Animals in the media - misery behind the screens

An advert depicting a performing animal might take just days to film, with the final cut lasting less than a minute. For those fleeting moments on our screens, the animals portrayed might endure a lifetime of unnecessary suffering.

A circus by any other name

Animals are not actors. It is not their ‘job’. They are forced into this life by human ‘trainers’ interested in making money at the expense of animals. Wild animals like tigers, lions, elephants, chimps and monkeys should not be made to perform unnatural tricks for our entertainment. 

The training, the tricks, the unnatural environments, the hours on the road - these are the clear parallels between the animal media industry and animal circus industry. In fact, some TV animal trainers have worked with animal circuses too. 

When we went undercover at the premises of animal trainers 'Amazing Animals' we witnessed lions and tigers in a cage being made to perform tricks, jumping from podiums, standing on their back legs and roaring on command. This company supplies animals for use in Hollywood films, BBC TV shows, popstar music videos and TV adverts. 

For just a few minutes on the screen, animals endure a lifetime of exploitation

Cruel training methods

The animals who appear in films or TV ads, dancing or holding a mobile phone, do not carry out these behaviours naturally. To get these wild animals to perform trainers must persuade or force them, by using rewards or punishments. Sadly, for many wild animals they have experienced cruelty and trauma to force them to perform the amusing behaviours you see on the screen. 

Animal trainers have been exposed hitting and hurting animals to get them to do what they want. For some animals, it is the psychological damage that leaves the longest impact.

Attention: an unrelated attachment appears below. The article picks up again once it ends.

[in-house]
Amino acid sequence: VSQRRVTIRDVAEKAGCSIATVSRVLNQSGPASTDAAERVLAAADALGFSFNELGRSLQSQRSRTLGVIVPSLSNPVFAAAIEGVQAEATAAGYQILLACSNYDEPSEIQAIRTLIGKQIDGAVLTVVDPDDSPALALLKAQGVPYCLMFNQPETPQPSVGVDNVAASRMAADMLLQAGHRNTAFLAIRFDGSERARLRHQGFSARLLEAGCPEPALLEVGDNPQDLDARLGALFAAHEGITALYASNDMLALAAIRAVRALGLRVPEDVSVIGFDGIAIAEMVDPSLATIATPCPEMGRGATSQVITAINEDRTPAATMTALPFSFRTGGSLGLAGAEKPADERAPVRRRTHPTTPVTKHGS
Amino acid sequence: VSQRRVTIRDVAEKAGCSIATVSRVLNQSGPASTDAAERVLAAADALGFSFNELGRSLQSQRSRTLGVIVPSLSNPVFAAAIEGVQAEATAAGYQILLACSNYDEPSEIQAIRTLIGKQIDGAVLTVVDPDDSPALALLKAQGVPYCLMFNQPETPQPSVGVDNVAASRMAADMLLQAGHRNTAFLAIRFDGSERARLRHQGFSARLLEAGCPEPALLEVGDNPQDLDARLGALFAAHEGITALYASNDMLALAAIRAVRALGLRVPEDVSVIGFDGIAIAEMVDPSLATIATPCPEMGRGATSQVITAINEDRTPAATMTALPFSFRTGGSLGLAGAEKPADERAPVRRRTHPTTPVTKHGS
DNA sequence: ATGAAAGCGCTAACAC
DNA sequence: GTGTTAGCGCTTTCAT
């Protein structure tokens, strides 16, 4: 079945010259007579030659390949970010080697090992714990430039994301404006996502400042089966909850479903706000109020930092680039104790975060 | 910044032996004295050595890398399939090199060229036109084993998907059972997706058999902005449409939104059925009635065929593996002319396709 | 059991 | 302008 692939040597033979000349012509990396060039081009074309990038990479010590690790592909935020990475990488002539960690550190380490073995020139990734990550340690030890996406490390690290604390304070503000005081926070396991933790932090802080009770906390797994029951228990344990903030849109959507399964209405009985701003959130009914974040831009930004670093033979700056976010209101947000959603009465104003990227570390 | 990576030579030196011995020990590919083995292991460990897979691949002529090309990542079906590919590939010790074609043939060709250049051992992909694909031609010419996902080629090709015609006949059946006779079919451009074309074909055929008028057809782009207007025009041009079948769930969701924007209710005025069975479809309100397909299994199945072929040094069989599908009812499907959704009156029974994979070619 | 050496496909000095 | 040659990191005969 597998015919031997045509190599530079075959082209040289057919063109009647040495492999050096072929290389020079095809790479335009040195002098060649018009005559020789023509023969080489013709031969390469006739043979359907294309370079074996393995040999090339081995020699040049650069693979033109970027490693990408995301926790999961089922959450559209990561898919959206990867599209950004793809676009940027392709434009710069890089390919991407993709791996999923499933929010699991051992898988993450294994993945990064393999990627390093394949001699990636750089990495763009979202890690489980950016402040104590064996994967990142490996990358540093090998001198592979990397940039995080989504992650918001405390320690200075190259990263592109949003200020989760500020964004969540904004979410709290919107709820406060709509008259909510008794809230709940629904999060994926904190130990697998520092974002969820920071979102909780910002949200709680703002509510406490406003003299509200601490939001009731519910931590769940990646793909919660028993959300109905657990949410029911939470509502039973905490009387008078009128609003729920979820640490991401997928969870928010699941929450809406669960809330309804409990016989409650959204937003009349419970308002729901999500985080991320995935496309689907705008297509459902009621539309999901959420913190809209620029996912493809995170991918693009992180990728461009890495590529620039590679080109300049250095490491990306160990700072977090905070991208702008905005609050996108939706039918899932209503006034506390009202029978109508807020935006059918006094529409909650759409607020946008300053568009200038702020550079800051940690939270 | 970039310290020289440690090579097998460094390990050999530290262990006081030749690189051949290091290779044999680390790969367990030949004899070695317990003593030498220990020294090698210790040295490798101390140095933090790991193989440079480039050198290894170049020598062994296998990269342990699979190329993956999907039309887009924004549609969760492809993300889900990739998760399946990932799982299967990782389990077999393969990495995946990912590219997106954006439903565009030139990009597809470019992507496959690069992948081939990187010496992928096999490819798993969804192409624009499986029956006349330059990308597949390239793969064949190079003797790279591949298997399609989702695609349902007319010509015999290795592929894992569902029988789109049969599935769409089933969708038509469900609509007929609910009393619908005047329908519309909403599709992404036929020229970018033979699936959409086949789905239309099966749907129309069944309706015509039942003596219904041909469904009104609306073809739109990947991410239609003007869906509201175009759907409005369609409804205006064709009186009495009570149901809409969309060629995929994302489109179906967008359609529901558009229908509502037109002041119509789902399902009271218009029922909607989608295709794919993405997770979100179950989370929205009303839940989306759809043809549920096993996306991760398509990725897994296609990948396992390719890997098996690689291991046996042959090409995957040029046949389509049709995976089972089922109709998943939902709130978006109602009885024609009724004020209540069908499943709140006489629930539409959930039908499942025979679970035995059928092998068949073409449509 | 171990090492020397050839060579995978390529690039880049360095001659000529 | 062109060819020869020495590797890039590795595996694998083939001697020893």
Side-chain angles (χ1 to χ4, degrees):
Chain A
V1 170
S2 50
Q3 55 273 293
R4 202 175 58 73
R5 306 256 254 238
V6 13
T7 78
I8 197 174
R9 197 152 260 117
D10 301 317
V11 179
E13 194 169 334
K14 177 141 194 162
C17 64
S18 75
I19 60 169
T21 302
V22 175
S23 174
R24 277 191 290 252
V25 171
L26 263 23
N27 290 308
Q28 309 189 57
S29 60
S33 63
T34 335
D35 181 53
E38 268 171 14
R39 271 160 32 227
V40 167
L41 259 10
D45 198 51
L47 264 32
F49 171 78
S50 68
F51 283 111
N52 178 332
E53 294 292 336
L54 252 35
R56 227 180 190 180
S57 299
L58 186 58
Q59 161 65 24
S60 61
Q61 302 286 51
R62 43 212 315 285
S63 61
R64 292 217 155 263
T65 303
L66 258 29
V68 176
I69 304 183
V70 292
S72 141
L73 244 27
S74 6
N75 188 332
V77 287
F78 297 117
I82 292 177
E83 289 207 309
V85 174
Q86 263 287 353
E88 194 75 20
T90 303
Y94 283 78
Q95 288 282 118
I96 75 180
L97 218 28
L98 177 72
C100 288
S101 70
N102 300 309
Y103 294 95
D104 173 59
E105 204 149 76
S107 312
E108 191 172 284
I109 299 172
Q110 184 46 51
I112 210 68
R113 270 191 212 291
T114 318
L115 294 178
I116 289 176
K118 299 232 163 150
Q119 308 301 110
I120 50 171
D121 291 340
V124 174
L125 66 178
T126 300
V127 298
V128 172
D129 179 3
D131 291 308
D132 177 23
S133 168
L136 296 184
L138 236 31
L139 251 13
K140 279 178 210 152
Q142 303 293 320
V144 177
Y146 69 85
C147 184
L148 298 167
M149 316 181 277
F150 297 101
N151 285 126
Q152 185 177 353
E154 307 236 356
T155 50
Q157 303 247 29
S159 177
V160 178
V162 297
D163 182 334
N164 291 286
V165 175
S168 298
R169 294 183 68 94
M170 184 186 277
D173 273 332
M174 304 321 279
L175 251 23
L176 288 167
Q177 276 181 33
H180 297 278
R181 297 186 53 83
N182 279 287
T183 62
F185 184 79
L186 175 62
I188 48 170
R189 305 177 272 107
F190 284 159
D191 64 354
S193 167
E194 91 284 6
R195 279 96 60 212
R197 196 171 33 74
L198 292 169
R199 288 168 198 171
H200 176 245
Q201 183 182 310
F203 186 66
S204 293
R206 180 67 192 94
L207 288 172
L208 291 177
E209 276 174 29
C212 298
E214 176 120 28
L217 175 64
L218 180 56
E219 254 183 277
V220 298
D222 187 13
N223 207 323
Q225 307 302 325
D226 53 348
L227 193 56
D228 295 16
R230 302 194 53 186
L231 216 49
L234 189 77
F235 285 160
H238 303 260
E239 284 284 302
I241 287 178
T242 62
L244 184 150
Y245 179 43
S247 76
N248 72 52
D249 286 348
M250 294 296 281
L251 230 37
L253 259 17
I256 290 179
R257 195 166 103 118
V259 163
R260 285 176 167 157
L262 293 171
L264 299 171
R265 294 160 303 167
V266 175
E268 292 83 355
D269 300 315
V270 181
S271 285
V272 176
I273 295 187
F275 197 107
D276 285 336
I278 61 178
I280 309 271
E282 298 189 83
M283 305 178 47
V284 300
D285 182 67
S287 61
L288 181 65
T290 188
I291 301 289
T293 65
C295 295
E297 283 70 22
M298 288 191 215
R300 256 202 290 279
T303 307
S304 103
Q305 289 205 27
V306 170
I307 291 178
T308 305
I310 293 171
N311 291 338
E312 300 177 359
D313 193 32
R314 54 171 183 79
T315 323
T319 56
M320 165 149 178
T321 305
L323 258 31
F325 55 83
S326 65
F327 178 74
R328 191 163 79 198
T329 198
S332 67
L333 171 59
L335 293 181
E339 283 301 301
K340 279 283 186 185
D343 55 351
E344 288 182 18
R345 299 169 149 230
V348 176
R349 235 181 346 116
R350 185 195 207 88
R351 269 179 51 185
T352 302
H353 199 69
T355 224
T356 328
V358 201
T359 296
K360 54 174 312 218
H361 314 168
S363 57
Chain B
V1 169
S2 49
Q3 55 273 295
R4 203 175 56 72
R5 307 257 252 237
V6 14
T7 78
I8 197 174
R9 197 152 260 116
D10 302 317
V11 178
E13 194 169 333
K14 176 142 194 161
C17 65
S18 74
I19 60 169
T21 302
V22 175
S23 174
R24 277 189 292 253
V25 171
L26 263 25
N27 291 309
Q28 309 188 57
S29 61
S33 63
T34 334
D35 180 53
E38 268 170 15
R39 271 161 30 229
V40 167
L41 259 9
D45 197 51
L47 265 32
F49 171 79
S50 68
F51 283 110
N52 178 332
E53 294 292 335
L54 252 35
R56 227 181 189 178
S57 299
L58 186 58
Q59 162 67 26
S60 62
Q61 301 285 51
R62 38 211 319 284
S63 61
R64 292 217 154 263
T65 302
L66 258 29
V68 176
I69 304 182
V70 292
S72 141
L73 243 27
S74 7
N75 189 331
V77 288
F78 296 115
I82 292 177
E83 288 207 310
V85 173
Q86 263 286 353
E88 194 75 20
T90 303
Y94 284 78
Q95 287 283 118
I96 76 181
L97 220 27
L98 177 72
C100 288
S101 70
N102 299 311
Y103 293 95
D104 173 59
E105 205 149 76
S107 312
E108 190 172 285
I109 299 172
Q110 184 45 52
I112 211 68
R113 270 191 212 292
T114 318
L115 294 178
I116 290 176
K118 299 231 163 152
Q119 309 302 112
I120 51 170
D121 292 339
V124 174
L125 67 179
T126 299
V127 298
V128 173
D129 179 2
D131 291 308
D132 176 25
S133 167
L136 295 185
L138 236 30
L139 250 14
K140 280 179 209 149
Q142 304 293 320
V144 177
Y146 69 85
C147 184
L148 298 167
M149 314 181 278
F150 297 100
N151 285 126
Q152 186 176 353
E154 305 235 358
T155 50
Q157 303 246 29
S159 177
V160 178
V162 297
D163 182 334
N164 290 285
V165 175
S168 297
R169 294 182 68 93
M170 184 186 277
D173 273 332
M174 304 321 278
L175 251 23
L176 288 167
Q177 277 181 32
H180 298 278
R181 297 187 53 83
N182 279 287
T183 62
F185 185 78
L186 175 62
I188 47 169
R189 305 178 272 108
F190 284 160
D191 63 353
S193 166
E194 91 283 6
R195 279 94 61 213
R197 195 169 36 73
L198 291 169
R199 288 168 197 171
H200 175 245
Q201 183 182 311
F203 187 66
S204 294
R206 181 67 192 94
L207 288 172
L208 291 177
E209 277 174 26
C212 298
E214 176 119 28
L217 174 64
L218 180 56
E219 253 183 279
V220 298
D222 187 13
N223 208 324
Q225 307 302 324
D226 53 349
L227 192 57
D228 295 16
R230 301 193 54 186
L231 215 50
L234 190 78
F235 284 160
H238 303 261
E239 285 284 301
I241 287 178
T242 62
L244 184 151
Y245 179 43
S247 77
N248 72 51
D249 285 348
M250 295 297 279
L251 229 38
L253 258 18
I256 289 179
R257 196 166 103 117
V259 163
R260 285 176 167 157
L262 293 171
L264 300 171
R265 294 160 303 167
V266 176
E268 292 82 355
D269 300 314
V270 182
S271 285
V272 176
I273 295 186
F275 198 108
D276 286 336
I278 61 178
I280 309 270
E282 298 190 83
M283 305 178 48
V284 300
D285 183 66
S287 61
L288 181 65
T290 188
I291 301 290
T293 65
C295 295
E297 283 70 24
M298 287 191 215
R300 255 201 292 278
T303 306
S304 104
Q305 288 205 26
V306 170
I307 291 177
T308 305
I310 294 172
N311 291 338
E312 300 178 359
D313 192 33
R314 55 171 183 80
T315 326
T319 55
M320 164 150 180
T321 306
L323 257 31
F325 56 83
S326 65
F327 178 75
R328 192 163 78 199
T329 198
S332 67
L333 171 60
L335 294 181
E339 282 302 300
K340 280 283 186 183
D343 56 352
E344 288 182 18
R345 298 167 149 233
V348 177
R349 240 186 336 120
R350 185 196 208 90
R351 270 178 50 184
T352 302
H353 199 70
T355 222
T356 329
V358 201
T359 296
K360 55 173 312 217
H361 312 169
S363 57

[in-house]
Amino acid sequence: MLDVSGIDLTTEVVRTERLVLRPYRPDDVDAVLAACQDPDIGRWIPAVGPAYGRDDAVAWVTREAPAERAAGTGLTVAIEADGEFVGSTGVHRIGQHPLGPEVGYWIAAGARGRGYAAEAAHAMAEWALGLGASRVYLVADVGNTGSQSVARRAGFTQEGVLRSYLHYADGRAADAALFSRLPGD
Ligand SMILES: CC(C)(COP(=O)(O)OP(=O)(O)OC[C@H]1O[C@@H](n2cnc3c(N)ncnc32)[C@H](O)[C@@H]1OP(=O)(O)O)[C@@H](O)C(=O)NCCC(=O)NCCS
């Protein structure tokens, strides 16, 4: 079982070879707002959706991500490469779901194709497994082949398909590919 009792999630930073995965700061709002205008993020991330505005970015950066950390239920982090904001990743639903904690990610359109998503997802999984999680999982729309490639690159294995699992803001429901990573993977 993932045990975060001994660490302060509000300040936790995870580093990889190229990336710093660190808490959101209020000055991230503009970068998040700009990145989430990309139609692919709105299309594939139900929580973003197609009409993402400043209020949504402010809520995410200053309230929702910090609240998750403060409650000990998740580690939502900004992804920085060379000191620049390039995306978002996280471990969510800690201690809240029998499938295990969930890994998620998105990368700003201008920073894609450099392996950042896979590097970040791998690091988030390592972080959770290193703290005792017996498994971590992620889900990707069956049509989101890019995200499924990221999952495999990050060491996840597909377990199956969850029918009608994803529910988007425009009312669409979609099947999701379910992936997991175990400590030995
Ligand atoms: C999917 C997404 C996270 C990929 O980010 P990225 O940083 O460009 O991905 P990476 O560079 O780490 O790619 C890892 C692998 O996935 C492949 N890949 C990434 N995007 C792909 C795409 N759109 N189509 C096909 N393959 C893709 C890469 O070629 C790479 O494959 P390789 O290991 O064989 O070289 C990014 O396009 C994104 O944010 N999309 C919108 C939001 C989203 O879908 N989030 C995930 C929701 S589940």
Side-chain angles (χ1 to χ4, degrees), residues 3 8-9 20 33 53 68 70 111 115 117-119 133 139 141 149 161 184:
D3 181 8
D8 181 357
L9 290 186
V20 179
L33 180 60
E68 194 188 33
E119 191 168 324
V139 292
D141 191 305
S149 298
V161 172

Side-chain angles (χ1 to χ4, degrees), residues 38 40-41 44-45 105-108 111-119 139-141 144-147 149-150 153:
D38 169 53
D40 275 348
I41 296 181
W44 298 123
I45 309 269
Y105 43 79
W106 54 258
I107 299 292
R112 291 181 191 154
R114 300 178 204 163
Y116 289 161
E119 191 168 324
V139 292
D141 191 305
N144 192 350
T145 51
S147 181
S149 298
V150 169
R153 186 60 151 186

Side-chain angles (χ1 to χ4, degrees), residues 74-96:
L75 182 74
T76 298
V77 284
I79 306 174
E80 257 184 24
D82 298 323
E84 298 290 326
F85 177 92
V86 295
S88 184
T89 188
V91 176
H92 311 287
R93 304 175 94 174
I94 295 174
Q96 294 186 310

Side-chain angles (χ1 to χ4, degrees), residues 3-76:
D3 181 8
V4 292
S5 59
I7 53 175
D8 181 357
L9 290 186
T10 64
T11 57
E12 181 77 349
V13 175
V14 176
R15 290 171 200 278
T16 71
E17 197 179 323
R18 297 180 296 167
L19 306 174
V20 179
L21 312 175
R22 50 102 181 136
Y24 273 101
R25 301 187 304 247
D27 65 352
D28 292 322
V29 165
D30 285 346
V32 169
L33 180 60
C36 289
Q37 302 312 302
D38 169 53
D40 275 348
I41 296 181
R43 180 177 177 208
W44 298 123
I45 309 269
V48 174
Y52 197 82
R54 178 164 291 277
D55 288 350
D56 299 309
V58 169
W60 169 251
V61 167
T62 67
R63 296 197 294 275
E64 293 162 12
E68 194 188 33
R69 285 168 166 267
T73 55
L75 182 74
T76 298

With chimps, an infant is taken from their mother as soon as they are born to start training them to be like humans. Deprived of their mother's care, these infants can suffer just as human babies would. This training and exploitation continues until adolescence at around 7 years of age when the chimpanzee becomes more unpredictable and difficult to handle. This is the stage when most chimpanzees end up locked away for the rest of their lives, often in cramped living conditions. Since chimpanzees can live for more than fifty years in captivity, this makes this practice even more disturbing.

No life after fame

What happens to the animals once they become too old or too difficult to handle? They can never be returned back to the wild so most spend the rest of their lives in a cage in a zoo or in a private collection. Some may even be bred to produce more unwilling victims for the media industry. 

What is Freedom for Animals doing?

We carry out investigations to expose animal trainers and the miserable lives they force animals to endure.

We carry out campaign actions against companies who use wild animals in their adverts, films, TV shows or other media.

Photo: Youtube, Fox Star India: Life of Pi